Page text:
A good idea on paper then. Unfortunately, if you fancy having a go at the hands-on approach, you might come away disappointed. Well, navigation isn’t too bad. Set co-ordinates, speed, hit go. You’re given freedom to roam around a large area of space, however it’s quickly revealed that in reality this is fairly pointless. If you visit anywhere other than a location specified in your mission objectives, you’ll find there’s nothing to do there except sit in orbit. Or possibly get shot at by Romulans. In all fairness though this is a Star Trek adventure, not Star Trek: Elite. So while a more non-linear approach might have been interesting, the lack of true freedom of movement isn’t really a major point against the game.

Combat, however, is just plain confusing. The setup seems simple enough – map in one quarter of the screen, 3D display in another, various commands beneath. Still I never quite worked out the controls – or what effect the buttons I was hitting was having on anything – so whirled around the map randomly for a bit, delegated to Mr Worf and never touched it again. Engineering meanwhile is all about allocating power resources from the main reactor, to functions like shields and engines. So I guess it could be fun as an additional dimension to combat. However, if you’ve already got the combat interface on auto, it’s unlikely you’ll derive much enjoyment from sitting there adjusting lots of little glowing bar-charts.

Thus this whole side of the game falls a little flat. Of course, it’s possible I’m just being dense, but I honestly never felt like it was making an effort to get me involved here. So during the repeated random encounters with Romulan warships, I just sat there staring in mild disinterest whilst Worf fired torpedoes and declared “direct hit” until they were over. Except for when Enterprise got jumped by 2 enemies at once and was destroyed. Bah.

The good news is, the adventuring aspect works better. To begin each away mission you choose which officers to send – the idea being that each has their own skills or knowledge, and you must decide who would be the most useful. If there could be sick or injured down there, Doctor Crusher is the obvious choice. If the mission requires expertise in engineering or technology, send Geordi Laforge. If women need to be charmed by rugged manliness send Riker (note: this situation may not actually occur).

Once beamed down, you’re firmly in familiar old point-and-clicker territory. Puzzles are quite logical, and there aren’t any annoying action or reflex-based interludes. In fact, although you carry phasers, there’s never any need to use them for anything more violent then clearing debris.

Cutscenes are just like the Enterprise-flyby shots of the TV Show.

The first mission involves coming to the aid of a major space station that’s suffered an accident, later on you’re investigating a murder at a wildlife reserve and meeting an enigmatic hidden order of monks on a remote world. Because of its mission-based structure, each section is relatively short and largely unconnected to the others, aside from overarching story elements. So solving puzzles involves looking at the local situation and not worrying so much about if you remembered some item from another planet.

Through these two sides of the game the overall story develops, involving an ancient, long forgotten empire and a device of great power. It’s competently done, although I wish I could use more glowing terms than that. The final chapter poses one or two questions – as good Trek should – about what should be done with aforementioned great power, which is a sound enough basis for storytelling. Still the journey there is just a little bland and dispassionate. The characters never quite come to life, beyond a level of professional interest in their mission, and it’s hard to get a sense of drama or high stakes.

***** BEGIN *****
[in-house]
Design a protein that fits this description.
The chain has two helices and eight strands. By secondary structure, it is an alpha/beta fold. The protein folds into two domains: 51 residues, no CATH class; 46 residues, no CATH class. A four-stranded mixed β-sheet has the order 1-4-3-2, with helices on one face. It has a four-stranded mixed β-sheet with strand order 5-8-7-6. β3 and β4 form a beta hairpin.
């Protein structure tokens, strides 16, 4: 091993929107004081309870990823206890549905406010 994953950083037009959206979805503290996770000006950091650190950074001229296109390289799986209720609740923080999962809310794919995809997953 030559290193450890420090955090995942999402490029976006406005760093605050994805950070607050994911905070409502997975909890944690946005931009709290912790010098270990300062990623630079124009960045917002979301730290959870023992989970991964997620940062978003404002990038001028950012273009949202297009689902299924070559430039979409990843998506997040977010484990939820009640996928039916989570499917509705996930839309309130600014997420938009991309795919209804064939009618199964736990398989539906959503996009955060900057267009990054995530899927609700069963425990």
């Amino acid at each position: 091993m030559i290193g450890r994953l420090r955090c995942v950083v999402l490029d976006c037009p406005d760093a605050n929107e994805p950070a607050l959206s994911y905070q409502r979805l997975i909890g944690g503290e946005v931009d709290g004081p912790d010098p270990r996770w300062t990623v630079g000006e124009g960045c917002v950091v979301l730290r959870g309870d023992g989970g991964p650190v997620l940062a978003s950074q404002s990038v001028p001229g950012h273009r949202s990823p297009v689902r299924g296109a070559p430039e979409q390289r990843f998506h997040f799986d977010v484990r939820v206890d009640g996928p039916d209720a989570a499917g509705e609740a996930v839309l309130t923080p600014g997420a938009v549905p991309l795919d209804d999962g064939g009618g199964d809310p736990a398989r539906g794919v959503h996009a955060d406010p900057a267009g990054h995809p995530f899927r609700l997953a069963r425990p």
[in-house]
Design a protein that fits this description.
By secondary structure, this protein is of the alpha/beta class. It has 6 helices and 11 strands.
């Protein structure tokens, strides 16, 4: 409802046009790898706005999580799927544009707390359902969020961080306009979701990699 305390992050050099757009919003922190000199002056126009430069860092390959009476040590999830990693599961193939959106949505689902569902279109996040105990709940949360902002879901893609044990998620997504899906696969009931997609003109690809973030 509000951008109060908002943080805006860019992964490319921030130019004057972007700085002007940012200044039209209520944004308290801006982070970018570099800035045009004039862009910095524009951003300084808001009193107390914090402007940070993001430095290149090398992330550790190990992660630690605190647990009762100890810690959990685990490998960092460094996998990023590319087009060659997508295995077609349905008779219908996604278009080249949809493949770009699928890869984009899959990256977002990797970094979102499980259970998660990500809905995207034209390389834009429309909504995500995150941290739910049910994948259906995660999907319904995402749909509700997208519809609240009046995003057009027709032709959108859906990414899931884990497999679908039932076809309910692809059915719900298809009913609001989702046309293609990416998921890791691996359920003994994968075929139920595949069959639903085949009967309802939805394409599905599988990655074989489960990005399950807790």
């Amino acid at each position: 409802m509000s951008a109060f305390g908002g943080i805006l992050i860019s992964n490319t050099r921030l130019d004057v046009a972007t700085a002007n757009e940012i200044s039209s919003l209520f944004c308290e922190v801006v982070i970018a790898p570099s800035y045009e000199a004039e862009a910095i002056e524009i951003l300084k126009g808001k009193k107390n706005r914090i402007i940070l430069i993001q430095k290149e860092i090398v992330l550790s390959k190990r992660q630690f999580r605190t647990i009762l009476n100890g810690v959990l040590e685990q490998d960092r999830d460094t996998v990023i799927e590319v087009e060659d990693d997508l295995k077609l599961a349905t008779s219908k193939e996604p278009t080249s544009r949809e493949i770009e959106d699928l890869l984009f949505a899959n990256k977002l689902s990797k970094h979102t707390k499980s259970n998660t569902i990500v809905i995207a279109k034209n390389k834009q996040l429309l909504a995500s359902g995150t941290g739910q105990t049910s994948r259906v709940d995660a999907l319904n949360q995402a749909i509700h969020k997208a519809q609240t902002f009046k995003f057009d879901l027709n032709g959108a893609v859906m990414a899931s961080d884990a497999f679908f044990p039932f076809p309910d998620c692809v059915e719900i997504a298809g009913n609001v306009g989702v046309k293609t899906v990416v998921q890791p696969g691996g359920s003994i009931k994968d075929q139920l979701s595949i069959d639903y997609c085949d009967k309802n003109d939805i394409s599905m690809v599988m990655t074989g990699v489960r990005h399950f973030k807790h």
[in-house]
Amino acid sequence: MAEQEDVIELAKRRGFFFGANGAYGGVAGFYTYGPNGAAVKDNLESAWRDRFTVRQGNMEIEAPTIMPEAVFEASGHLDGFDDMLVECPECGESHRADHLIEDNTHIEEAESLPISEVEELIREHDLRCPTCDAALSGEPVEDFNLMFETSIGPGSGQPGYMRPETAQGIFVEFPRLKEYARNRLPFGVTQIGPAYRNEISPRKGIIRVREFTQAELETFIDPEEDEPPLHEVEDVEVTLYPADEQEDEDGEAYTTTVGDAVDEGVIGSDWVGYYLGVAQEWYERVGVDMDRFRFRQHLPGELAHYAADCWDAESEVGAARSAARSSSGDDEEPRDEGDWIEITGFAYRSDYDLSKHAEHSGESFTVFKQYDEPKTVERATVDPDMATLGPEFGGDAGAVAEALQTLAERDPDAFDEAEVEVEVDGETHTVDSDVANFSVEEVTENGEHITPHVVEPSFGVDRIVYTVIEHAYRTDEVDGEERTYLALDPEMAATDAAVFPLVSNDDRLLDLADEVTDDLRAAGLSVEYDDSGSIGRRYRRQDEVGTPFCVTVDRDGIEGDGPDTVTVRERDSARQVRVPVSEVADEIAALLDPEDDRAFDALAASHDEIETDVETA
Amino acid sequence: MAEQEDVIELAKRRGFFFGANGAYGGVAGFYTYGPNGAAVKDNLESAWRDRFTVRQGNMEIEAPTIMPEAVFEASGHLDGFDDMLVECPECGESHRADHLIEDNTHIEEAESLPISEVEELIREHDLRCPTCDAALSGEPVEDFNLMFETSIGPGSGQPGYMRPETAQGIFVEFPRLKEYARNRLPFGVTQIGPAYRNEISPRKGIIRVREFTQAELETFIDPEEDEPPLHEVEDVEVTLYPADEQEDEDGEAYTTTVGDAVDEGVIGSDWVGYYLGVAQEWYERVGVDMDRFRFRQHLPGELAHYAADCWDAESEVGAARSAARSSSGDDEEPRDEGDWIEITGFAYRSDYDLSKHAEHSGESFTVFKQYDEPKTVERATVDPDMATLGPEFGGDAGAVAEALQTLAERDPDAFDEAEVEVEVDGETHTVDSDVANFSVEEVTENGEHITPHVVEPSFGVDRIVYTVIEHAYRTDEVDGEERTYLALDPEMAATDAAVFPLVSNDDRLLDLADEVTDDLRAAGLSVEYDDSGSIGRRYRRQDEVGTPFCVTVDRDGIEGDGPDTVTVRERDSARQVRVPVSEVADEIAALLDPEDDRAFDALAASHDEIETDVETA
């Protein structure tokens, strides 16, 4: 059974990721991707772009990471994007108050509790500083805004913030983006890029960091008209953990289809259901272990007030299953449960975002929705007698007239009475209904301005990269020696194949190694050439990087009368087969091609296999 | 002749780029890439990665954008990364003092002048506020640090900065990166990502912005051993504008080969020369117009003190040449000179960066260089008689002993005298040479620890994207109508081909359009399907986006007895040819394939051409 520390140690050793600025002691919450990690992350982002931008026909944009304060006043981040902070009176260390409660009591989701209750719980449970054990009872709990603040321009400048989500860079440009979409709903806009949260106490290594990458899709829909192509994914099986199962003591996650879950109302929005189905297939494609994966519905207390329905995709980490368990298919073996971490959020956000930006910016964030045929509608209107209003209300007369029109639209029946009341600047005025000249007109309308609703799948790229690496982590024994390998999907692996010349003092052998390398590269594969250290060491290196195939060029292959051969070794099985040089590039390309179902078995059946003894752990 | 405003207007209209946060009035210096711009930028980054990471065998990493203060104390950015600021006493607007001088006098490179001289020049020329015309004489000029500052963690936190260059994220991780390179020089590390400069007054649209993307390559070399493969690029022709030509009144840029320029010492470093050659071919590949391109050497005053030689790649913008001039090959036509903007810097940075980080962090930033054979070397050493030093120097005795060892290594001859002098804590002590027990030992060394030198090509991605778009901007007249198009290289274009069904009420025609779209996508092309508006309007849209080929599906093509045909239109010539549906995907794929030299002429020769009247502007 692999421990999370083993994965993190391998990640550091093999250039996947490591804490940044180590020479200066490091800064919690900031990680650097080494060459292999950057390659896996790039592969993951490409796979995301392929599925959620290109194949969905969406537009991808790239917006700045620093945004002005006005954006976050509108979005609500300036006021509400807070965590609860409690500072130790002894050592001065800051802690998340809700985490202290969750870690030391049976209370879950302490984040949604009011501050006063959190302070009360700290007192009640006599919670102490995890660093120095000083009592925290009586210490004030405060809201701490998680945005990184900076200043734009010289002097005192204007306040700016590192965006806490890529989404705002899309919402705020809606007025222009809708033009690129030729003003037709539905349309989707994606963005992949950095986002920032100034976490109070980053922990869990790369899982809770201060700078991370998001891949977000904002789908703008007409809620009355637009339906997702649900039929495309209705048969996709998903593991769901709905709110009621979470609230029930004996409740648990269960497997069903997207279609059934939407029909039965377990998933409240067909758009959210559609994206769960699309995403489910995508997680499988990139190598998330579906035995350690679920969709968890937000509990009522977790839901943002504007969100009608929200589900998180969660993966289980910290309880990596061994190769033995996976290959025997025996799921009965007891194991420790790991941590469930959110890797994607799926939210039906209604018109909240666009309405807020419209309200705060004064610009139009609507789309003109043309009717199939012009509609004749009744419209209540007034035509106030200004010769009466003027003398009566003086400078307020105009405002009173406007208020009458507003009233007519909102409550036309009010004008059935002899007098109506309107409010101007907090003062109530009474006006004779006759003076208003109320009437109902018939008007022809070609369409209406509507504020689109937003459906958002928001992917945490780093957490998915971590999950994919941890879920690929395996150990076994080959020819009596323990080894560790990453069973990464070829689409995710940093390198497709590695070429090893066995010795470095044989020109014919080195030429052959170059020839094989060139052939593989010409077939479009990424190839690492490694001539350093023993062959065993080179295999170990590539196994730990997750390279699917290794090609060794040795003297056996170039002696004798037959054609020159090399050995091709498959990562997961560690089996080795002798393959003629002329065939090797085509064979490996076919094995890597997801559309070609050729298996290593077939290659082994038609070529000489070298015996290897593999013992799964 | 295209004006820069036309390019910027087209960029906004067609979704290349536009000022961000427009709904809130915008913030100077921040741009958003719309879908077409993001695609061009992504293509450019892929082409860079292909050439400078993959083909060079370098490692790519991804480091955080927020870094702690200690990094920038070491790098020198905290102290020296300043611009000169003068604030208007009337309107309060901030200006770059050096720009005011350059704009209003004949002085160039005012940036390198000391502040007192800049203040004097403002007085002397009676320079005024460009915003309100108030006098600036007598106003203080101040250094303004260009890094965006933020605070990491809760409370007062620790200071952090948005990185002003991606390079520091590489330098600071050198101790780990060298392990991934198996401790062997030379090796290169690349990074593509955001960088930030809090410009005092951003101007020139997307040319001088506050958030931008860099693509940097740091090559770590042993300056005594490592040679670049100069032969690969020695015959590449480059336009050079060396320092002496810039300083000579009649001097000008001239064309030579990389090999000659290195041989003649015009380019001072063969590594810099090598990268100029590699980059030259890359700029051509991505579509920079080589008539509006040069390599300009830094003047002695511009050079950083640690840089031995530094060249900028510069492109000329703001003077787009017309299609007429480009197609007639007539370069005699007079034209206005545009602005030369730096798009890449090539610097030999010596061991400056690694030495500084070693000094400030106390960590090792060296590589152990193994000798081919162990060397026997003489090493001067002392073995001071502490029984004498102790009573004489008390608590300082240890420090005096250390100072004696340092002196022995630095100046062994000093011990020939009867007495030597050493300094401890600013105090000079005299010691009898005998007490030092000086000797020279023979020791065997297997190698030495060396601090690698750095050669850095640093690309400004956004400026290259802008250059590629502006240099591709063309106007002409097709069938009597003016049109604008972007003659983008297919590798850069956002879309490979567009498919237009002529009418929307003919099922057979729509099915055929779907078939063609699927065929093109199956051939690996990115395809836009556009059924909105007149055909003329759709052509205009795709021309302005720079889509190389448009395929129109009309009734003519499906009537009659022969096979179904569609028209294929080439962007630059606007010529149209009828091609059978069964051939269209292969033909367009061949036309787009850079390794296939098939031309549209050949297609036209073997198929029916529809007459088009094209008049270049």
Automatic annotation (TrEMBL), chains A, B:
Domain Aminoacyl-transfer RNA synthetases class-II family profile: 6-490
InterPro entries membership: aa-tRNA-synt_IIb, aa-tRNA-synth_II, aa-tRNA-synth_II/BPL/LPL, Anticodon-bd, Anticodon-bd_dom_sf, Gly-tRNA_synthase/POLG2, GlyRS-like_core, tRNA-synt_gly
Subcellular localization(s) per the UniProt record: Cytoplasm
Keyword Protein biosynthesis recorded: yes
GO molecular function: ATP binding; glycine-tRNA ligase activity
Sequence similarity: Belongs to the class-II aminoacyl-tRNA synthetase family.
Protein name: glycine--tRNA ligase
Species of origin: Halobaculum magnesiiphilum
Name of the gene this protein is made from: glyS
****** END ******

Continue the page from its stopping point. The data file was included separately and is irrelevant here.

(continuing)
The review seems on the negative side so far, so maybe I need to bring up why I still think Final Unity is worth your time. Take a look at the numerous Trek games of the past ten years. Most of them are all about Starships shooting at each other, be it in simulation or strategy form. Of what’s left, several are about people shooting at each other instead. Now to some extent this is fair enough; there have been plenty of battles in Trek, from Wrath of Khan to Deep Space Nine. Still, isn’t there supposed to be a lot more to this than just warfare? Remember those immortal words spoken by Kirk and Picard – the mission was originally to explore strange new worlds, to seek out new life and new civilisations.

This is something that, for its flaws, Final Unity tries hard to deliver. Learning about other cultures, journeying to distant worlds to see what secrets they contain, reaching out for understanding. Ultimately, pushing us to ask ourselves a question or two about our own nature. Overall it could have done better in this, with more inspired writing, but it’s still closer to to the real spirit of Trek than games like Armada. You might say that such games are beholden by their templates to be all about the warfare, so perhaps this isn’t quite grounds to slam them in their own right. I do feel though that it’s quite fair to hold this one up as being something closer to what the TV show was aiming for.

Even looking at Final Unity in these terms, I would have to say I think 25th Anniversary and the sequel Judgement Rites are superior to this one. Also, you might want to set the starship-combat to auto (or possibly you’ll enjoy it and think I’m just incompetent). Still, the high production values show through, and it does a reasonable job of that concept of putting you in charge of your own episode of TNG. You’ve got the exploration and the discovery, the strange new worlds, Picard mulling difficult decisions, and Data effortlessly reeling off lists of techy stuff. It could have been better in several areas, and might have benefited from a just plain better story, but I’d still say it’s worth considering for any Trekkies with at least a passing interest in gaming.